I have to admit bias here as I’m friends with the founder, but my favorite Data Whispering tool is Nexalogy. Conceived  by an astrophysicist (astrophysicists are those types who look at stars and planets and seek to understand the universe and our place in it), it’s the perfect mix of BIG DATA and storytelling:

nexalogy_graphic

They don’t only tell you what people are talking about, but how it’s related to your product and how much weight it carries. And it’s perfect for general market research as well. If you know a few data points about your potential audience, you can find out more data points about that audience. For example, if you are running a candidate for political office in a region, you can find out what people in that region really care about – helping that candidate form their political platform to suit their constituents’ needs. If you are thinking about opening a restaurant, you can pinpoint gaps in the market or even figure out where you should be looking to locate your restaurant. For established brands, you can see how people see you versus your competitors. What terms do they use?

Unlike sentiment analysis – of which I’m not a huge fan because it, too, asks more questions than it answers – Nexalogy gives a neutral, unbiased view of why people are making the decisions they are making. Claude Theoret once demonstrated an analysis they had done for a bank, showing that people thought of them as fair, good, community-focused, providing personal service and friendly versus their bigger competitors that people thought of as secure, prestigious, cold and impersonal. According to Theoret, the bank used this information to focus on expanding their community programs and promoting their one-on-one personal touch and saw great outcomes with this campaign.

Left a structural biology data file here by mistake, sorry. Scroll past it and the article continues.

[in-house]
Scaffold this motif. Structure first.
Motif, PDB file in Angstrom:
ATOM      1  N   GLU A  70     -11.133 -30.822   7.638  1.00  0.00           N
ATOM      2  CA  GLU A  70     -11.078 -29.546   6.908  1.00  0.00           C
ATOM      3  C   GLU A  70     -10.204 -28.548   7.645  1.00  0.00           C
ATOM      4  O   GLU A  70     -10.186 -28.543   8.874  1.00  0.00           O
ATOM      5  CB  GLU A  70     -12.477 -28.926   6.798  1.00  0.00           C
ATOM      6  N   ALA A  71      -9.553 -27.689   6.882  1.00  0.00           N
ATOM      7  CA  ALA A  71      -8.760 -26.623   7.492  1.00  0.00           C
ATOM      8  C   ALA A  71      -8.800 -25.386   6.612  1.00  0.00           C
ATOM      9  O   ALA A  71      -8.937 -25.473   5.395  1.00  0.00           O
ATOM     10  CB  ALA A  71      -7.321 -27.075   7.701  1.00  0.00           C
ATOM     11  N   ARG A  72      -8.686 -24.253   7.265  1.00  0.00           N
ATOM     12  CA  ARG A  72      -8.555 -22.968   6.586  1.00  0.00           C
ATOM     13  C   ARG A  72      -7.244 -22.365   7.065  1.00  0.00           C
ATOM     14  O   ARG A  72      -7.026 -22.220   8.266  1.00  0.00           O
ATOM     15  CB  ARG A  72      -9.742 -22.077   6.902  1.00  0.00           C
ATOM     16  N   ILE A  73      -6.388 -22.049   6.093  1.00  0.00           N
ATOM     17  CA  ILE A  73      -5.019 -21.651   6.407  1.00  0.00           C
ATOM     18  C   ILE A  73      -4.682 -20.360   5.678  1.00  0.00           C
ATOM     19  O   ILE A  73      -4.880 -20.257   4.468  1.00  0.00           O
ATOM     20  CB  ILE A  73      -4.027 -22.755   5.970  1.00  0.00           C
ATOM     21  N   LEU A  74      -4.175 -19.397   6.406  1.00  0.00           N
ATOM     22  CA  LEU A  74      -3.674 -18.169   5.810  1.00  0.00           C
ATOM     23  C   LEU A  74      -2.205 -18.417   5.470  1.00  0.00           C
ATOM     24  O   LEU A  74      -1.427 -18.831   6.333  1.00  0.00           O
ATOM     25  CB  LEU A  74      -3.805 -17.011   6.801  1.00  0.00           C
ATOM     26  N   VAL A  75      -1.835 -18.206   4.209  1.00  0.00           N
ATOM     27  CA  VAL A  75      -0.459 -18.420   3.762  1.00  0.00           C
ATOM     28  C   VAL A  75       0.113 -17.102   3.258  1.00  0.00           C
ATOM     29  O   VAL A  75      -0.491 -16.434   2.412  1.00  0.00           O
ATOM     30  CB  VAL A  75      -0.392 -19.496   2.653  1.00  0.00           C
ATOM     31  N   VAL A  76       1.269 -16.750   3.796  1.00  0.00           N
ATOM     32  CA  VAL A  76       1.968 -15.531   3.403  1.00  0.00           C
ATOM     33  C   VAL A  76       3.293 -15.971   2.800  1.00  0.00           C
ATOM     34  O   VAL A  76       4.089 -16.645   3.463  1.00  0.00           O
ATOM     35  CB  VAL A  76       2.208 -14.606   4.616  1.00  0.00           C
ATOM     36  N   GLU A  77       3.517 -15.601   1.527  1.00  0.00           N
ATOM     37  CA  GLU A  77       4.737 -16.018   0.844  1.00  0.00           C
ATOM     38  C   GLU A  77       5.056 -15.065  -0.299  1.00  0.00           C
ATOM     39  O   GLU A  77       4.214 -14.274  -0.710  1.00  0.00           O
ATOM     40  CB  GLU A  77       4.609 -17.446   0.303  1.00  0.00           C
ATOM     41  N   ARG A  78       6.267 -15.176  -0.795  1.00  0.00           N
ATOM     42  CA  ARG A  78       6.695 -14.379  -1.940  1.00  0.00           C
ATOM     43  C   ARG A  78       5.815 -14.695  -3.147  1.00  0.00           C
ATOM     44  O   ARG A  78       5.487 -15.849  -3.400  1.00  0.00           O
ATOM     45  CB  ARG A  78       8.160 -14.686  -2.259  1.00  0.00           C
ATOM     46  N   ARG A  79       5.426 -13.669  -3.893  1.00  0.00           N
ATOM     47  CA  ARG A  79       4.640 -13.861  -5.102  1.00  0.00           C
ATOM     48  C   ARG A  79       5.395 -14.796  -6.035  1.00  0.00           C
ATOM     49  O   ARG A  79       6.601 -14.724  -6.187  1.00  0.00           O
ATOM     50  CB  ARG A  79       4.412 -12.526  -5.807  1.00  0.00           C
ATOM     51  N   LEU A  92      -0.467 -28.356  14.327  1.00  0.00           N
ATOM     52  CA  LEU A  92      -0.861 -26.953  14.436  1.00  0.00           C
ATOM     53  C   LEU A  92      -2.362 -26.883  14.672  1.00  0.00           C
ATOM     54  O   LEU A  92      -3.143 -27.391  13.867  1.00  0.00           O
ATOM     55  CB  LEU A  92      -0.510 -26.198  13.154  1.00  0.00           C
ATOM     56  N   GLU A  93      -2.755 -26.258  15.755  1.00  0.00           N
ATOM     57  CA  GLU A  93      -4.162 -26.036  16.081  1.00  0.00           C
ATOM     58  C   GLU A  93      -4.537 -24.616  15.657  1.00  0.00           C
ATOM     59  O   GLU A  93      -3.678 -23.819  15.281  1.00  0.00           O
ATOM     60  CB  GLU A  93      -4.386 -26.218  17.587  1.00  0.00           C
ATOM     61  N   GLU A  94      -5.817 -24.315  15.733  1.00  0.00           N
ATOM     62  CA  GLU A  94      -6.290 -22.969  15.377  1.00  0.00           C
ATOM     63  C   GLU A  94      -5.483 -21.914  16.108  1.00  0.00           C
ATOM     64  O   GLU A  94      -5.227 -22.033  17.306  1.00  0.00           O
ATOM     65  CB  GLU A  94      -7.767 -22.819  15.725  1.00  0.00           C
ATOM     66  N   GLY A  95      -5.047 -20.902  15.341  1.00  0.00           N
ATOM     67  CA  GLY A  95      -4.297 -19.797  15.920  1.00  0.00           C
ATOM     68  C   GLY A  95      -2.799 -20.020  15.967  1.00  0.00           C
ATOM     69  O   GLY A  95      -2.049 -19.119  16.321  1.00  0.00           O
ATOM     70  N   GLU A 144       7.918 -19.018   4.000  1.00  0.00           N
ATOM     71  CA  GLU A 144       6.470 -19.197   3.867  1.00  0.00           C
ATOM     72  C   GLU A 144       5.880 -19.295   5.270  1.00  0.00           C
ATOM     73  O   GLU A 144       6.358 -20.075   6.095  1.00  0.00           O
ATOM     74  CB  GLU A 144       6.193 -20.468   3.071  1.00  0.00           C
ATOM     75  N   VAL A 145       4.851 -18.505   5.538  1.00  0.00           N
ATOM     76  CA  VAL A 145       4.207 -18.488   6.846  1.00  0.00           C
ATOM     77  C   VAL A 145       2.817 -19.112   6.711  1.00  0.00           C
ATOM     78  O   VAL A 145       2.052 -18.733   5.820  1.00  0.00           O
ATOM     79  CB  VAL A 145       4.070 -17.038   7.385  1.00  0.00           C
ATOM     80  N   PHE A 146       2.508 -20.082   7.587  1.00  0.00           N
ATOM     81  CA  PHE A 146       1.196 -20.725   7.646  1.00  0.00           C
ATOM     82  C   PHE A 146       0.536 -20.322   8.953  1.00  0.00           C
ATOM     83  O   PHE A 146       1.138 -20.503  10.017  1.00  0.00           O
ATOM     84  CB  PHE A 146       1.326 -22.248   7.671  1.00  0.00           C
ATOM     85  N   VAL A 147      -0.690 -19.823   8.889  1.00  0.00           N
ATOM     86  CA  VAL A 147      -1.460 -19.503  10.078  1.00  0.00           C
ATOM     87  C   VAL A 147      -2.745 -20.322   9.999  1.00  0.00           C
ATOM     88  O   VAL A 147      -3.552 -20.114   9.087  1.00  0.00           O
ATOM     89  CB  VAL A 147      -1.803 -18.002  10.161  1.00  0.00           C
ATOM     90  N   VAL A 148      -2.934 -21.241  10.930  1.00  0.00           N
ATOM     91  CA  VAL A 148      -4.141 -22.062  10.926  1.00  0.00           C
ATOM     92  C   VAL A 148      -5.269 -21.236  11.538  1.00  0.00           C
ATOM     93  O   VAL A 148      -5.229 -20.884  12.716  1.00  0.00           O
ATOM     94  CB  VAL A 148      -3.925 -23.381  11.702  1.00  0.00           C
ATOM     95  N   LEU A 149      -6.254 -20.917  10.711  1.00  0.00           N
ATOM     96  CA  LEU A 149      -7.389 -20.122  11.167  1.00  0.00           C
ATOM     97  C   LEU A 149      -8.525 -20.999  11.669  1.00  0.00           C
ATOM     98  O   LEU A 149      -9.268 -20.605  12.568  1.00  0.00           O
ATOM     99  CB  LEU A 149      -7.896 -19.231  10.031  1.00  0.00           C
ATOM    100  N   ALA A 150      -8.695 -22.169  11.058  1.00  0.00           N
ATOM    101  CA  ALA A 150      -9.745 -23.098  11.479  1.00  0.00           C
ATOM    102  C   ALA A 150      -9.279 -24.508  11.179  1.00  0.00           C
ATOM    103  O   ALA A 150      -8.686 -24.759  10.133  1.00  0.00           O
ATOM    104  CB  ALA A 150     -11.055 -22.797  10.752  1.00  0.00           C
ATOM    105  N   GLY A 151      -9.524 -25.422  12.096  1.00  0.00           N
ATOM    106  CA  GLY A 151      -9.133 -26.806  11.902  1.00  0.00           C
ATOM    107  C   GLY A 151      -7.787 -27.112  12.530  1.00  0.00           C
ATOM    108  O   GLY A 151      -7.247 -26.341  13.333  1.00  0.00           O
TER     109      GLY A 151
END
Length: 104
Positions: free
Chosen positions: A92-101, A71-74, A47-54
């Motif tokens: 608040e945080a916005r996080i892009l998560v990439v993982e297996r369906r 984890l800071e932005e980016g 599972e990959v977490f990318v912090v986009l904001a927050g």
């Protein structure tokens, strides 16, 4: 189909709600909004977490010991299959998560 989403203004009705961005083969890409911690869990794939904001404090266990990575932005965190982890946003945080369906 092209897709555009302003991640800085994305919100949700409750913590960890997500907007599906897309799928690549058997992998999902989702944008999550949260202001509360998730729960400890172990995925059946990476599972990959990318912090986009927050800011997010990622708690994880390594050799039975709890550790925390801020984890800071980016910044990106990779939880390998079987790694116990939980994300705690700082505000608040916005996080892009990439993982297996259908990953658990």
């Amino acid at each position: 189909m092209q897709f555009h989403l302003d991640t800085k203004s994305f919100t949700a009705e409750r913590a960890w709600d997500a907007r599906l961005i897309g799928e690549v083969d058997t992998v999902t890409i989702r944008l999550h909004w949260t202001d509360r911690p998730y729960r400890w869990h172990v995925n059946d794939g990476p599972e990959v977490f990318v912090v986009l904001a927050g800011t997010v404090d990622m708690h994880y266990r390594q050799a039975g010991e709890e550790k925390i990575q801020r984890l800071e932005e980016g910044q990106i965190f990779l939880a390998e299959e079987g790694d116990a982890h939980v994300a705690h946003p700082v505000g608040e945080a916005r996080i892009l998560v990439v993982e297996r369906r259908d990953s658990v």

I love data, but I’m not a fan of more of it. I’m an advocate for understanding how to read it and learn to tell a story from it. It’s a skill that needs to be a regular part of a marketing curriculum. Knowing that people love that nerd kitty image is great, knowing why is even more valuable.

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Categories: community, eMarketing, featured, marketing, social capital

Author:Tara Hunt

Strategist. Researcher. Interdisciplinarian. Founder, Lime Foundry + Buyosphere. Author, The Whuffie Factor. Speaker. Mother. Karaoke lover.

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7 Comments on “Big Data? No, SMART Data”

  1. July 4, 2013 at 15:41 #

    I totally agree with you Tara. Data can only tell part of a story. We need more people who understand how to look at the data and then pull the deeper meanings out of it. Our CEO is actually a huge fan of using your blog title everyday when he speaks. He’s all about “big data needs to be smart data.”

    Also, on a side note, I also think that Claude is a super awesome guy.

    Cheers,
    Sheldon, community manager for Marketwired

  2. July 4, 2013 at 17:10 #